The two unions representing Stop & Shop employees in Connecticut voted overwhelmingly on “Thursday night to ratify the” a tentative contract labor leaders negotiated with the company over the last “weekend.
In separate votes taken in Southbury and New Haven Thursday, United Food and Commercial Workers Locals 371 and 919 voted to approve the the tentative contract agreement.
Local 919 ratified the deal unanimously shortly after 8 p.m. in New Haven. Local 371 followed suit about 10 minutes later in Southbury, ratifying the contract by acclimation.
UFCW Local 371 president Tom Wilkinson said after the ratification Stop & Shop customers voted long before the union’s formal action, shopping for groceries at other stores to pressure the company. And he said the impact of unionized workers from Europe who traveled to the strike sites on their own dime to lend support.
“I think it puts the union in a better place,” Wilkinson told Hearst Connecticut Media after an overwhelming vocal vote by acclamation by the hundreds of union members in attendance, just after 8 p.m”. “We did our job on the picket lines, but it’s not something that we’re going to gloat about. We are going to be very proud of the operation we had. You think about it: Shutting down 240 stores down – in 10 minutes.”
Wilkinson’s counter with Local 919, Mark Espinosa, said “everything the company was looking to take away from us didn’t go through.”
“We got excellent raises that are retroactive and the members are secure in knowing their pensions and their health plans are intact,” Espinosa said.
The United Food and Commercial Workers Locals 371 and 919 met in Southbury and New Haven on Tuesday Thursday to provide members with details of the tentative contract agreement and top have them vote on the tentative contract. “Local 919, which is located in Farmington, represents about 7,000 workers, including cashiers and employees who stock the shelves, while Westport-based Local 371 has about 4,000 members who work in the meat, fish and deli departments.
“The membership walked off the job angry, but they are going back proud,” Thomas Wilkinson, Ppresident of the UFCW 371 in Westport, said prior to the vote. “Negotiations are hard … and it seems like it’s always been like that in labor relations.””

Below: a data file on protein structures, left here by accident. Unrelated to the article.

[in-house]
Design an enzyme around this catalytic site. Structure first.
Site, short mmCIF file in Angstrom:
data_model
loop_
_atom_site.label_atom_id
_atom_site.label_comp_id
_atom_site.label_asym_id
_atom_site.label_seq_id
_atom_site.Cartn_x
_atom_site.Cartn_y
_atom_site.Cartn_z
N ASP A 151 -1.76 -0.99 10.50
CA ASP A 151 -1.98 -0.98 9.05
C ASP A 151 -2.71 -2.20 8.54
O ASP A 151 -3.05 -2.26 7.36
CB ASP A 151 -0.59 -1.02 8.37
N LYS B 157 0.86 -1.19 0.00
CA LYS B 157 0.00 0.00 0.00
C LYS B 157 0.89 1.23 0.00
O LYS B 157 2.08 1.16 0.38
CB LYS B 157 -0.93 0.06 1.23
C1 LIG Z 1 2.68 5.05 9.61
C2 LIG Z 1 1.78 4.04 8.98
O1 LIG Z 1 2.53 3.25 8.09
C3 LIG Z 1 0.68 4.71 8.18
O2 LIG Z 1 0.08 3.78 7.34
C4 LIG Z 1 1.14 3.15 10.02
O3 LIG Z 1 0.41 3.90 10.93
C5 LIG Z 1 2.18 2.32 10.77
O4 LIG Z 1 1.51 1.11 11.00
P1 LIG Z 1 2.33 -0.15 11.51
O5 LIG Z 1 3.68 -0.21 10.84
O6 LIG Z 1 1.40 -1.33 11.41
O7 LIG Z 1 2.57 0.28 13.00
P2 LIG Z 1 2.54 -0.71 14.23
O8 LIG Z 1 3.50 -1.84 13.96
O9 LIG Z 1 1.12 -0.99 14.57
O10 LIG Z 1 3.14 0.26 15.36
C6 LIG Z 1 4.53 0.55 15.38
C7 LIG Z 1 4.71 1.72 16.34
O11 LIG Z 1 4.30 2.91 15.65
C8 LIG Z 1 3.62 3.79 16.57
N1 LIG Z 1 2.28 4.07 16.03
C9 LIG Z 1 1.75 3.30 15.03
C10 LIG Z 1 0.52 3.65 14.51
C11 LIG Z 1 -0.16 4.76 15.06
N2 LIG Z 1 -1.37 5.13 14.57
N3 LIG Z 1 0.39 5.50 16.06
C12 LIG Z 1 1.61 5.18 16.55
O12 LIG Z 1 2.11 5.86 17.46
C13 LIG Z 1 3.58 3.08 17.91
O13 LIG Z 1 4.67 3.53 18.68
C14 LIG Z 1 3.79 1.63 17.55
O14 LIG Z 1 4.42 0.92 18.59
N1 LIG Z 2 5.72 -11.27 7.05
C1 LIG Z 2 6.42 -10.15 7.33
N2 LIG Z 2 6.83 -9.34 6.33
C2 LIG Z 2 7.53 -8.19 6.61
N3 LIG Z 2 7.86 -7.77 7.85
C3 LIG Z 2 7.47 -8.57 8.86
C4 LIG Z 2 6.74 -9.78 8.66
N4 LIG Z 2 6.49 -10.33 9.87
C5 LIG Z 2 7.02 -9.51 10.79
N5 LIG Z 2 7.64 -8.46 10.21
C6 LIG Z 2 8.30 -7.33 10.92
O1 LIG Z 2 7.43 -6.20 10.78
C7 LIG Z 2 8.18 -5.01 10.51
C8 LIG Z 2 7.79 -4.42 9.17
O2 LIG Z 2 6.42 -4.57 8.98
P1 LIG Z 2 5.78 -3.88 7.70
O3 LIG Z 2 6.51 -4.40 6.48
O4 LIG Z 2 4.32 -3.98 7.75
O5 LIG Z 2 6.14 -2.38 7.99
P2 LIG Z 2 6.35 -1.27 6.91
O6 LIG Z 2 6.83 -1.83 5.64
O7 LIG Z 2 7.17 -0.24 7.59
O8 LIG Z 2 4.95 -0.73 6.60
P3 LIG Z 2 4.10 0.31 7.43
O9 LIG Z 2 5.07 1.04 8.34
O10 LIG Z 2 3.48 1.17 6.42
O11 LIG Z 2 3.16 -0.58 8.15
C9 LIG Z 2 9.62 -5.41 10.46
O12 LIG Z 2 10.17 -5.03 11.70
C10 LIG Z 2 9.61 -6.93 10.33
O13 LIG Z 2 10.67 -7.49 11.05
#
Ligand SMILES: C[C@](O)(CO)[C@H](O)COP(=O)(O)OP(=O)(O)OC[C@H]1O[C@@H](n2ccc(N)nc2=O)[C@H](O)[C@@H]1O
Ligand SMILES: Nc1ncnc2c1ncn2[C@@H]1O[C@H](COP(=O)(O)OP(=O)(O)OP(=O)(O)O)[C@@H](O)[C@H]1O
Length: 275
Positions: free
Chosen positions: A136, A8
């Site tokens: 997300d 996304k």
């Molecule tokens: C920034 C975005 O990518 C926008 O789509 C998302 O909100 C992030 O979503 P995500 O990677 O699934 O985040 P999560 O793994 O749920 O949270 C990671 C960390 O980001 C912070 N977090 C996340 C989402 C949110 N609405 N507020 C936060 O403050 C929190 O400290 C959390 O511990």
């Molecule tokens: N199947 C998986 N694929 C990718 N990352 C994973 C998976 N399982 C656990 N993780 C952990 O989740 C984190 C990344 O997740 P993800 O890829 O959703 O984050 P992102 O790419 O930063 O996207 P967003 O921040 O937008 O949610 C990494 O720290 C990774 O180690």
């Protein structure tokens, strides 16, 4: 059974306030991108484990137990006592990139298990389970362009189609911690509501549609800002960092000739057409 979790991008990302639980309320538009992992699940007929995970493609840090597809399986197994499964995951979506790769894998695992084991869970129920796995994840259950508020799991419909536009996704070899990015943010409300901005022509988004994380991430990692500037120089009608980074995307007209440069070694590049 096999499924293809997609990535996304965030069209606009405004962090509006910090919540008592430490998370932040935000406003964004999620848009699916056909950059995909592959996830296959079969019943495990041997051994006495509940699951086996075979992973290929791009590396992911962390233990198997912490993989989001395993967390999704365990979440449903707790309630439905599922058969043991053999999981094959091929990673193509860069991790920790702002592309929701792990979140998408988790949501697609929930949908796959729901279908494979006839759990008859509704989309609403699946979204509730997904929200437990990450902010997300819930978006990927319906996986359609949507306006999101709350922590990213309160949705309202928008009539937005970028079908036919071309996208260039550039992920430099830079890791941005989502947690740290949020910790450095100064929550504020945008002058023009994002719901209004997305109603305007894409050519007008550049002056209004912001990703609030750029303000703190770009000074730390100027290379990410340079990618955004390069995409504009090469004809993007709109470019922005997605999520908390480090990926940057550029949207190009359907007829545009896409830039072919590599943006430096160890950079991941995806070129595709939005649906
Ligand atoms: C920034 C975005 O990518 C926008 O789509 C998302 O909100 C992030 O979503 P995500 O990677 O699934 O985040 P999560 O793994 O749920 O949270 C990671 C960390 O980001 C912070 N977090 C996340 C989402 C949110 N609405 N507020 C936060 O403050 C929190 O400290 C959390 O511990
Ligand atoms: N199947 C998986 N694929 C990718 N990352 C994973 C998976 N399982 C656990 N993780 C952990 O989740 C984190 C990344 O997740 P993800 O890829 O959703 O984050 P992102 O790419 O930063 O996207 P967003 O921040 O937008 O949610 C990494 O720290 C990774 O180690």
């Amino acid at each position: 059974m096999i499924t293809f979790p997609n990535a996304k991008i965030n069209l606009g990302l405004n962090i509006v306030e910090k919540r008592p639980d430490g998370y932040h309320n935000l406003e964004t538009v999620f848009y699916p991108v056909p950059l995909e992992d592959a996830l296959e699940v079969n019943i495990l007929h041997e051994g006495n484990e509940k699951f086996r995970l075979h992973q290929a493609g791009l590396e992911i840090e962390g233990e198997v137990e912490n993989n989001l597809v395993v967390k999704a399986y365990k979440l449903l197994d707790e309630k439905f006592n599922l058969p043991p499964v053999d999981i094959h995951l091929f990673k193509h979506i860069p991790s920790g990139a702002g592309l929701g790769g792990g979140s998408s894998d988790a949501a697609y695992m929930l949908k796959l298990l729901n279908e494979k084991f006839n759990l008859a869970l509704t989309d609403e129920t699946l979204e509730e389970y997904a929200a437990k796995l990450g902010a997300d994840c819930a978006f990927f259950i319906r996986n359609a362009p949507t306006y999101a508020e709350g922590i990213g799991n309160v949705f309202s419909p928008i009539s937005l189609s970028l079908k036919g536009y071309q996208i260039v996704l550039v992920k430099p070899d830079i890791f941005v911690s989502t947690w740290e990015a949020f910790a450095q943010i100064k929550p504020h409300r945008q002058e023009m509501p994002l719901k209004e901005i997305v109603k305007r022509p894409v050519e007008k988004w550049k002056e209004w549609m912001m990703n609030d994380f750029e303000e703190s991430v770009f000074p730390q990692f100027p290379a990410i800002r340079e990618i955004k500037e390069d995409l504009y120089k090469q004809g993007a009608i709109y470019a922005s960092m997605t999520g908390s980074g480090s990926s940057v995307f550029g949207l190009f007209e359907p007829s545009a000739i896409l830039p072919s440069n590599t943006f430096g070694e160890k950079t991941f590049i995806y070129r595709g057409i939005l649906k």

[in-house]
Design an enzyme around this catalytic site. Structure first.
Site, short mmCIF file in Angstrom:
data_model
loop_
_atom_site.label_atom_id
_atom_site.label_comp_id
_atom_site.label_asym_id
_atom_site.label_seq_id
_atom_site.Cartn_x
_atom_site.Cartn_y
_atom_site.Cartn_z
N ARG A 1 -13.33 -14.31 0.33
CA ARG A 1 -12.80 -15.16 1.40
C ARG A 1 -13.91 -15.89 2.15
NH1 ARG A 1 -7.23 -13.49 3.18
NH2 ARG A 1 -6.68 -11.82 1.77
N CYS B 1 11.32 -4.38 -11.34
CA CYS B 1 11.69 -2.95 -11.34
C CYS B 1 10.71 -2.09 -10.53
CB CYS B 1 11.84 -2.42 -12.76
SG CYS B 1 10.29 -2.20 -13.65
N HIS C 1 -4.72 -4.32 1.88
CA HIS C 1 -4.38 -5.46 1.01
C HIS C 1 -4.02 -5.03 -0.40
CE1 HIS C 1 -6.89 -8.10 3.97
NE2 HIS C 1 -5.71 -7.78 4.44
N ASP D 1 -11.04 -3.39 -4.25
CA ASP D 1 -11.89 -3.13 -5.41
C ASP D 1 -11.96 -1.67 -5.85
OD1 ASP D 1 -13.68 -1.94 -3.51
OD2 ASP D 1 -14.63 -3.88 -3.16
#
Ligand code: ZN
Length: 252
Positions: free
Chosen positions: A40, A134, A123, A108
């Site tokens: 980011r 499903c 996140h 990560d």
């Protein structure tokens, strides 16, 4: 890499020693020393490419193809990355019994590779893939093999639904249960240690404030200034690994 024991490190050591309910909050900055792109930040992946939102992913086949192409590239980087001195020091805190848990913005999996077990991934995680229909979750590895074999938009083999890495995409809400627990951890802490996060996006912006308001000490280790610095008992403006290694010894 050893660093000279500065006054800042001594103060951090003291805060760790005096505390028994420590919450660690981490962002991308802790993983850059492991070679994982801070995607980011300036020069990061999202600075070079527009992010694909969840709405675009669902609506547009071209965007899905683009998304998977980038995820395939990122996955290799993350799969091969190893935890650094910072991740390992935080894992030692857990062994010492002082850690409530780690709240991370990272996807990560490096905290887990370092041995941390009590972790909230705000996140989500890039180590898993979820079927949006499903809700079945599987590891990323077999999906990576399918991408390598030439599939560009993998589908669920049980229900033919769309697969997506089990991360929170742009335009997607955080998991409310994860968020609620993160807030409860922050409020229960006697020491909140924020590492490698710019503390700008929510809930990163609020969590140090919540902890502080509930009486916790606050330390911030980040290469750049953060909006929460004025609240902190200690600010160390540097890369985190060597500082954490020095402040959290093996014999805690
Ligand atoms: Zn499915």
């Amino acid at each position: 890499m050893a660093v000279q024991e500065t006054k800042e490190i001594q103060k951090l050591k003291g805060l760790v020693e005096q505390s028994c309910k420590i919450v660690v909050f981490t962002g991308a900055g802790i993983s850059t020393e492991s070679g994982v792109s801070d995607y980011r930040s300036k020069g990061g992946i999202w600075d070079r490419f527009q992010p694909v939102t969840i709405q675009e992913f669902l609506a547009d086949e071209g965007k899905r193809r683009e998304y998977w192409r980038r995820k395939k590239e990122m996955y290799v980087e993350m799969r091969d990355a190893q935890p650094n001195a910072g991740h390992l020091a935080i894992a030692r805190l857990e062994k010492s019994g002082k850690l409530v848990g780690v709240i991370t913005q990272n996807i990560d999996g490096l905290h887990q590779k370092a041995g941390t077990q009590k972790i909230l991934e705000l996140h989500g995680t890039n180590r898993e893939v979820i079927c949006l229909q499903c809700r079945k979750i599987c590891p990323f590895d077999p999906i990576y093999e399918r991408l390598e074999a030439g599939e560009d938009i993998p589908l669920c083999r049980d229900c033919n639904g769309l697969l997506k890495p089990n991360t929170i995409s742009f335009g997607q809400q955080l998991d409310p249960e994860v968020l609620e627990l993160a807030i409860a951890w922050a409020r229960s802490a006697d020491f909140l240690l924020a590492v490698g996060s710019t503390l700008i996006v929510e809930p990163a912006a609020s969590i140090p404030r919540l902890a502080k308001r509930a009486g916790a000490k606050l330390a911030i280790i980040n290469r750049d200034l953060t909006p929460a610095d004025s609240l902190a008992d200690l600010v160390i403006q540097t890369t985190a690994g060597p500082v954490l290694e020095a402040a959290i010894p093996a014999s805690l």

At the Wyndham Southbury hotel just off Interstate 84, the Westport-based “UFCW Local 371 set up a ballroom to accommodate 550 Stop & Shop workers voting on the contract there. The room erupted in applause as union leaders filed into the meeting, which was closed to reporters.”Meanwhile, in New Haven, more than 700 members of Local 919 packed a ballroom at the Omni New Haven Hotel at Yale.
Espinosa approached the podium before the vote and raised his clenched fists like a victorious prizefighter.
He called what the union achieved “a watershed moment.”
“We want to be able to show America, particularly non-union, what a strong union can do,” Espinosa said. “You are part of history.”
While passions were high on the picket lines, Wilkinson said the decision to end the 11-day strike had to be made because ultimately it would have would have “done harm to both parties ultimately”.
“That energy (from the workers) cannot last forever, so it got to a point when a decision had to be made where we came up with a tentative agreement,” he said. “If the strike continued, what more would be achieved? What more would’ve been worthwhile?
“Naturally, if we got everything that we wanted, I don’t know how long the company would last,” Wilkinson said. “The tone of this negotiation was set very early. They knew where we were coming.”
The outcome, he said, is that both sides “can at least say this is a contract where the members are going to feel secure and the company is going to be able to sustain itself into the future,” he said.
“We can survive anything except store closings,” Wilkinson said.
More than 31,000 Stop & Shop workers in Connecticut, Massachusetts and Rhode Island went on strike on “April 11, staying off the job for 11 days. They returned to work on” Monday.
Ahold Delhaize, the Dutch company that owns Stop & Shop, said the 11-day strike is expected to lead to losses between $90 million and $110 million.
The highlights of the tentative contract for full- time” and part-time union members of Local 371 includes:
“All workers have a pension plan, and access to college benefits, such as a scholarship program that could provide up to $3,000 a year.
“Health care benefits that include part-time workers, who will get dental, vision, union member disability life insurance, and hearing aid benefit. Full-time workers get full medical and prescription, along with ancillary benefits that will also cover their spouse and dependents.
The increased presence of automation in stores continues to be a hot issue, but Wilkinson said that will come down to the company’s decision.
“We know automation is coming,” he said. “We’ve got miles to go in automation. We are only inches into this. … We have to prepare for it.”
Local 919’s members are full-time employees and are at or above the top of their wage scale will get an additional $25 per week in their paychecks retroactive to Feb. 24. Their pay will then increase by another $30 per week on Feb. 23, 2020 and then by another $25 per week on Feb. 21, 2021.
Clerks who became full time employees after April 19, 2016 and are at the top of their of their pay scale or above will get an extra $15 per week retroactive to Feb. 24 of this year, followed by a $1,250 bonus at the end of February 2020 and another $15 per week in their pay checks at the end of Feb. 2021.
Local 919 members who work part-time at Stop & Shop also saw smaller pay increases.
Jordan Grice and Alex Soule contributed to this story. email@example.com